Rates of use of emergency departments (ED) and hospital admission are high among patients with chronic kidney disease (CKD), particularly among patients with CKD requiring dialysis. Patients receiving maintenance dialysis have, on average, three visits to the ED per year, a rate that is three to eight times higher than among the general population. Of those ED visits, a significant proportion result in hospital admission. Further, ED and in-patient care are drivers of medical costs for patients with CKD, and are associated with significant emotional burden for patients and their caregivers.
Meghan J. Elliott, MD, MSc, and colleagues posit that outpatient care may provide an alternative to ED and inpatient care in patients with CKD. The researchers conducted a scoping review of quantitative and qualitative studies to examine the scope of outpatient interventions used to manage acute complications of chronic diseases and highlight places to adapt and test interventions in patients with CKD. Results of the review were reported in the American Journal of Kidney Diseases [2020;76(6):794-805].
The review identified studies of outpatient interventions for adults experiencing acute complications related to one of five chronic disease (CKD, chronic respiratory disease, cardiovascular disease, cancer, and diabetes). The researchers searched MEDLINE, EMBASE, CINAHL, Cochrane Central Register of Controlled Trials, grey literature, and conference abstracts to December 2019. Standardized tools were used to extract data on intervention and study characteristics.
The search yielded 16,621 unique citations. Of those, the researchers retrieved 218 articles for full-text review. Following the review, 137 were excluded; reasons for exclusion were setting ineligibility (n=17), intervention ineligibility (n=72), population (n=24), study design (n=21), or other (n=3). The final review included 77 studies (with four companion reports). The 77 studies reported on 57 unique interventions for adults with acute complications of one of the five chronic diseases of interest.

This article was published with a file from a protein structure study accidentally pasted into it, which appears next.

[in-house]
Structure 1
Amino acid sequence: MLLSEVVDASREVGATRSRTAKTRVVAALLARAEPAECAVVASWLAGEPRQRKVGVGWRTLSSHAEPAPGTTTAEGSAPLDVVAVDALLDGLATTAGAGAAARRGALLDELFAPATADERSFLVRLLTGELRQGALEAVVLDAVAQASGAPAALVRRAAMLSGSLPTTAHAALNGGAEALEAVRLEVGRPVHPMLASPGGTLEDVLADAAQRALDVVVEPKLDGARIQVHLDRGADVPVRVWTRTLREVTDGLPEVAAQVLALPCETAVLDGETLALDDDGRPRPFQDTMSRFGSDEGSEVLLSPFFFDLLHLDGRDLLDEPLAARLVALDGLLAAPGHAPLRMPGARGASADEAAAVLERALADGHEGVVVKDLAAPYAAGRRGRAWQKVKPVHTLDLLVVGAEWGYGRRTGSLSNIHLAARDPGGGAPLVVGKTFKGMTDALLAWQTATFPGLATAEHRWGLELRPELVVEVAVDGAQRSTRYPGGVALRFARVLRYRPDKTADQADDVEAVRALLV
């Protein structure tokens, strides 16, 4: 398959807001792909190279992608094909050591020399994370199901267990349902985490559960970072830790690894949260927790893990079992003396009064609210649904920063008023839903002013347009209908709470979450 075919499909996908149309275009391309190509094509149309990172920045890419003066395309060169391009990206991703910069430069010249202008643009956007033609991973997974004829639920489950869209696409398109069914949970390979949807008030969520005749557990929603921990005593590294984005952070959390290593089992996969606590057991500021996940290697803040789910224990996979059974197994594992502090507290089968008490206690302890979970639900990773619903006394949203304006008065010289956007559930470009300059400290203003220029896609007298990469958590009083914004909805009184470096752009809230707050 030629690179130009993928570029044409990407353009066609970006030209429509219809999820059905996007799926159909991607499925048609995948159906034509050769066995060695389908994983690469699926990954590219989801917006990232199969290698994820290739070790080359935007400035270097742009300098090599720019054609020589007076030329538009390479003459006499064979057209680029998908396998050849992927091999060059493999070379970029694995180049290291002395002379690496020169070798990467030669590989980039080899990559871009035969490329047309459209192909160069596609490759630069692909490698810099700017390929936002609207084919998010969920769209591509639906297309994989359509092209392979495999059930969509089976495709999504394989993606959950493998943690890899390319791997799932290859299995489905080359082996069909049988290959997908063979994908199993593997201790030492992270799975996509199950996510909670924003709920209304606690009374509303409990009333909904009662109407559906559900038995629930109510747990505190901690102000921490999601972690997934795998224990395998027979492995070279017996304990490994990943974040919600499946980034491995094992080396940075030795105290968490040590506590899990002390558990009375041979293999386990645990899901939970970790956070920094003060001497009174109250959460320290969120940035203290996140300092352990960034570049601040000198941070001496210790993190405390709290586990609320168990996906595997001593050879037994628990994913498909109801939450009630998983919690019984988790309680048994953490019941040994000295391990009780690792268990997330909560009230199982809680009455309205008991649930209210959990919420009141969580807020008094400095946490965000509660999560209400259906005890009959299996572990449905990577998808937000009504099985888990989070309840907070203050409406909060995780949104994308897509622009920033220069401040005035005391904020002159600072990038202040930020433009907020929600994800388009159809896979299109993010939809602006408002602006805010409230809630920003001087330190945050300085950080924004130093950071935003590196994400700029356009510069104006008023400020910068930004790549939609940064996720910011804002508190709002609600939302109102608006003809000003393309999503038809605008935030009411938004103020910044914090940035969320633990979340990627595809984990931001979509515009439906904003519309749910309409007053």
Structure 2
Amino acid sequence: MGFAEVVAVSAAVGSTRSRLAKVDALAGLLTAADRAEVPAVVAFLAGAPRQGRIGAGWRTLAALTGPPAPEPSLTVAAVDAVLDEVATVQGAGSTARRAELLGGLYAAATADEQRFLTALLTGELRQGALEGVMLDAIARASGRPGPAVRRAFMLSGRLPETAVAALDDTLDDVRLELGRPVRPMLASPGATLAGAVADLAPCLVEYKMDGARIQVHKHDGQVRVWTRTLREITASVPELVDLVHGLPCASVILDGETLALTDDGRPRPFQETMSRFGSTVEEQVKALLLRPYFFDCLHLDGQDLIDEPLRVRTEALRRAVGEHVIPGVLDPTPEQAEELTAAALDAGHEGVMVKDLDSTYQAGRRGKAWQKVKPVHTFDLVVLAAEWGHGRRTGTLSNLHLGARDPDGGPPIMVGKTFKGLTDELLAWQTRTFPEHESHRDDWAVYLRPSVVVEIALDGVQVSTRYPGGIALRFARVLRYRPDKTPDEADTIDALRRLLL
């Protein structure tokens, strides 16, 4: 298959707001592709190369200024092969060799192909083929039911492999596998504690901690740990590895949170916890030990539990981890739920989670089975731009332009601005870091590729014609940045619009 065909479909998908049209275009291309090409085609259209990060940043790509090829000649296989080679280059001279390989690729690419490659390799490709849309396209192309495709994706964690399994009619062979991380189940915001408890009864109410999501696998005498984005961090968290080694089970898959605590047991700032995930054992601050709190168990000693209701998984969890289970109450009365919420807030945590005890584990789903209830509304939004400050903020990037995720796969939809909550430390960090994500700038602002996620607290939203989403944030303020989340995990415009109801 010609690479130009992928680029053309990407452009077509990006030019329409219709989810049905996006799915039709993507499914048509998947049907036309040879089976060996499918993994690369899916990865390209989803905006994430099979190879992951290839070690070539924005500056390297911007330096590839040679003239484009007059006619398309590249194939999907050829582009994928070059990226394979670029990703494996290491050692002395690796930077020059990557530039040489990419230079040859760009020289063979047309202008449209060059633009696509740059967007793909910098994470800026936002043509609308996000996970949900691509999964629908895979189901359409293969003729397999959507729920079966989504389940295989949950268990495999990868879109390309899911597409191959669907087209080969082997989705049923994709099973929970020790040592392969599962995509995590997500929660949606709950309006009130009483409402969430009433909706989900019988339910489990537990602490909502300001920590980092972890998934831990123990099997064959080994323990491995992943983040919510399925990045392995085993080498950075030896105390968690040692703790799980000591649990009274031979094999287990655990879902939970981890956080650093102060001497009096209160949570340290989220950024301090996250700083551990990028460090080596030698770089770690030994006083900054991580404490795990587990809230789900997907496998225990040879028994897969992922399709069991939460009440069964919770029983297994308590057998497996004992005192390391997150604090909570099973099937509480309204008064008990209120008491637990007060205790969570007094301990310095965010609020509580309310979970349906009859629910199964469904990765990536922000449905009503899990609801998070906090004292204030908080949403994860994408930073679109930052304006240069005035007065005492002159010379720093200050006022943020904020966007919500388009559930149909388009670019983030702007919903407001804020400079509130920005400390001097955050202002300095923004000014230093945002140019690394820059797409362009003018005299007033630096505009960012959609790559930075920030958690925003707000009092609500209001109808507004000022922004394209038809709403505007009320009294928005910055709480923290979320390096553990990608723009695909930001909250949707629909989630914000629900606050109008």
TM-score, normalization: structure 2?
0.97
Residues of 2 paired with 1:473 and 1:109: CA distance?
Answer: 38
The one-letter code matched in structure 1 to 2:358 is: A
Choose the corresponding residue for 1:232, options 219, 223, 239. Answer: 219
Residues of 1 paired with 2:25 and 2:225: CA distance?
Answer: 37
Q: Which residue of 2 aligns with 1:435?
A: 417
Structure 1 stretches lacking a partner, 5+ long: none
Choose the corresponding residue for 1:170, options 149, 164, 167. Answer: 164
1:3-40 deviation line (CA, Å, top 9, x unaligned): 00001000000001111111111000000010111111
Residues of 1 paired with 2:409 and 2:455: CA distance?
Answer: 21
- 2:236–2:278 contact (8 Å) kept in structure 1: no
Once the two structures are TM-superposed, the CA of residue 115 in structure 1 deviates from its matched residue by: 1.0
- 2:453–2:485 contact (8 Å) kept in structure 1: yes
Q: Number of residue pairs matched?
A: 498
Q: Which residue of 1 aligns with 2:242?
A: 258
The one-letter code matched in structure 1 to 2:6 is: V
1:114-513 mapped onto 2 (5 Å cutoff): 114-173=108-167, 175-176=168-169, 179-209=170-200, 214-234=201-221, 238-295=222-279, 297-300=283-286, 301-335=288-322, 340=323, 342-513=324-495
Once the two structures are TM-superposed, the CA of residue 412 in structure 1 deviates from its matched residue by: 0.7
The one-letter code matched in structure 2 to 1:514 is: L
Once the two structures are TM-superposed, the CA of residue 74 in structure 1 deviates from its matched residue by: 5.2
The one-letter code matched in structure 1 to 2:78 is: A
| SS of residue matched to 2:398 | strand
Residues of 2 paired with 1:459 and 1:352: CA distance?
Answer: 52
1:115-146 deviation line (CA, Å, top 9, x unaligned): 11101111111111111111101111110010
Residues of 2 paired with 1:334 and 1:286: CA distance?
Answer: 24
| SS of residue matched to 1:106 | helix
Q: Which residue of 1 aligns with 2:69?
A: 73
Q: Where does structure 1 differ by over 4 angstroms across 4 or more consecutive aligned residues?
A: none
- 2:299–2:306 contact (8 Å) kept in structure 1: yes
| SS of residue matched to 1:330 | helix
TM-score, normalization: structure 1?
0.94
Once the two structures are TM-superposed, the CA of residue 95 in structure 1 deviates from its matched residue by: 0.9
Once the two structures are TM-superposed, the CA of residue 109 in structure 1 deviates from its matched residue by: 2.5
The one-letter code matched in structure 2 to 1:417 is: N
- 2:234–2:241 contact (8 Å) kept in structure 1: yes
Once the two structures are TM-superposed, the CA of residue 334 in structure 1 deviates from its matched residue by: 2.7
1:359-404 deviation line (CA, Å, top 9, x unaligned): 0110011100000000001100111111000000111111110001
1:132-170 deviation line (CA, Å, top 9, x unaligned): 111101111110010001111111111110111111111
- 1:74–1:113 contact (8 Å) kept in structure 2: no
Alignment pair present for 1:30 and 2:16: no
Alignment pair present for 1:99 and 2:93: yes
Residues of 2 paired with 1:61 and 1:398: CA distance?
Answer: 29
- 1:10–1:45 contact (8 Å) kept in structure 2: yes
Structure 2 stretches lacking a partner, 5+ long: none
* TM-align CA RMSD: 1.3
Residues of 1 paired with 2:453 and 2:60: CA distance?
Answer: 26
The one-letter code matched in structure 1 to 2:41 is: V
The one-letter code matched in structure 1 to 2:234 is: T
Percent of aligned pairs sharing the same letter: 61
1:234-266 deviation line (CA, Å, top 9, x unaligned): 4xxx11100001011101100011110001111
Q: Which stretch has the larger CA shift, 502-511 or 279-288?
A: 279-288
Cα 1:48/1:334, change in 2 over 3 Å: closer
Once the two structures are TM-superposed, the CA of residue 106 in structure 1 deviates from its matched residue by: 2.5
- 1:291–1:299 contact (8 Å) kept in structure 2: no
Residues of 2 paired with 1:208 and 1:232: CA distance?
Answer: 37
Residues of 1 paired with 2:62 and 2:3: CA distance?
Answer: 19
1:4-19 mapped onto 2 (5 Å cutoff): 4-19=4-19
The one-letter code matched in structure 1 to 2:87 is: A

Most of the 77 included studies were observational (n=29) or randomized controlled trials (n=25). Other study designs were uncontrolled before-after (n=12), quasi-experimental (n=5), qualitative (n=4), and mixed-methods (n=2). The studies were conducted in the United States (n=29), the United Kingdom (n=14), and Spain (n=14), as well as nine other countries. More than a third of the studies were published within the past 6 years. There were no identified studies describing outpatient management strategies for acute complications of CKD or kidney failure.
The researchers categorized the 57 interventions as: hospital at home (n=16); observation unit (n=9); ED-based specialist service (n=4); ambulatory program (n=18); and telemonitoring (n=10). The interventions were most commonly used for patients experiencing acute exacerbations of chronic obstructive pulmonary disease (COPD) or congestive heart failure (CHF) and complications related to cancer. There were no interventions identified for management of acute complications of CKD or kidney failure. The home setting was the most common setting for the interventions; interventions were conducted by healthcare providers, including specialist physicians and nurses.
Twenty-six published reports described 16 unique hospital-at-home interventions designed to provide hospital-level care in the patient’s home setting. Most treated patients with COPD (n=11) and/or CHF (n=6). Nine hospital-at-home interventions had home visits provided by physicians; all 16 had home visits provided by nurses. Nearly half were operational 7 days a week, mostly during daytime hours. Four specified after-hours nursing or physician telephone support. All 16 provided standard medical therapies in the home for patients who met eligibility criteria; only four studies indicated patient education as part of the program.